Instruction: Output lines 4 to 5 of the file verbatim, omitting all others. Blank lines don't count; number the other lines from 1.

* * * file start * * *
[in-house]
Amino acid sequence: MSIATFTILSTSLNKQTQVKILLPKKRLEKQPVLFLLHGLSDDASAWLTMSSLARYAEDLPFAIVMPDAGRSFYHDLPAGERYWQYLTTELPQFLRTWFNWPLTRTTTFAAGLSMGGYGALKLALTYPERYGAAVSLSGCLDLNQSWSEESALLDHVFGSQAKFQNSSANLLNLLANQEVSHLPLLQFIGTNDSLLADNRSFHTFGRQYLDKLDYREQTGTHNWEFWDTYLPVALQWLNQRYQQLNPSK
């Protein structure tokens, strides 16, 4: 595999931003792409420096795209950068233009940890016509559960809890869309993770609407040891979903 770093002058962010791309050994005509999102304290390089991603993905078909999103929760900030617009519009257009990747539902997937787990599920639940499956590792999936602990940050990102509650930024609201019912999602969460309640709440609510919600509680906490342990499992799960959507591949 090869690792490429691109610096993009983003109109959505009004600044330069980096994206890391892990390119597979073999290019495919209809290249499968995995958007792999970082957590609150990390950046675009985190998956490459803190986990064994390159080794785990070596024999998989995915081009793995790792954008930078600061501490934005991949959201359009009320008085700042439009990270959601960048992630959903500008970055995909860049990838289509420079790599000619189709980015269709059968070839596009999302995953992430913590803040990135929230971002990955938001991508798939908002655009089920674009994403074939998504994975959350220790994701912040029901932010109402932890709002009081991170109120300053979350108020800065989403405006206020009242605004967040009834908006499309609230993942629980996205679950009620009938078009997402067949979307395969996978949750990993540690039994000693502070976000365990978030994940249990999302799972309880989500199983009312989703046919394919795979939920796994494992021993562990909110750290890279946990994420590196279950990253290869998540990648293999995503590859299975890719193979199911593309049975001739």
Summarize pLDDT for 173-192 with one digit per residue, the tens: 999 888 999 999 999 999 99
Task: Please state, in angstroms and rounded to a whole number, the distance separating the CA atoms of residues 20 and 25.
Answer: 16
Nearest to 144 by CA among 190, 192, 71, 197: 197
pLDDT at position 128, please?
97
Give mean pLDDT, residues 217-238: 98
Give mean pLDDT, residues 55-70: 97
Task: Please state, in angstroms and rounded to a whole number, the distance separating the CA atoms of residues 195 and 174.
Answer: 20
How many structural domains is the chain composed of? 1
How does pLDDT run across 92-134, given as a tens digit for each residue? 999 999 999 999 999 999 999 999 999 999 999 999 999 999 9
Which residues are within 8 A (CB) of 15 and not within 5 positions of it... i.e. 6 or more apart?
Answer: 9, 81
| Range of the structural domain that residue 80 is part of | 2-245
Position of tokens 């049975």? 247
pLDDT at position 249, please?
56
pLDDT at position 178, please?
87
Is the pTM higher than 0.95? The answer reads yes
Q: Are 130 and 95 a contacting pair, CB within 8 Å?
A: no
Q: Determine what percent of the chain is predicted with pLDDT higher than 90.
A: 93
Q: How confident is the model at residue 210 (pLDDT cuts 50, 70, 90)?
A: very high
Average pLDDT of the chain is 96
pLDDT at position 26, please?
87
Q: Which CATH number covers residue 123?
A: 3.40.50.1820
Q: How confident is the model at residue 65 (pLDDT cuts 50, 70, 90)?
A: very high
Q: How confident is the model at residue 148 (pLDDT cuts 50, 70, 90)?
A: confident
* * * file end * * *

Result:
Summarize pLDDT for 173-192 with one digit per residue, the tens: 999 888 999 999 999 999 99
Task: Please state, in angstroms and rounded to a whole number, the distance separating the CA atoms of residues 20 and 25.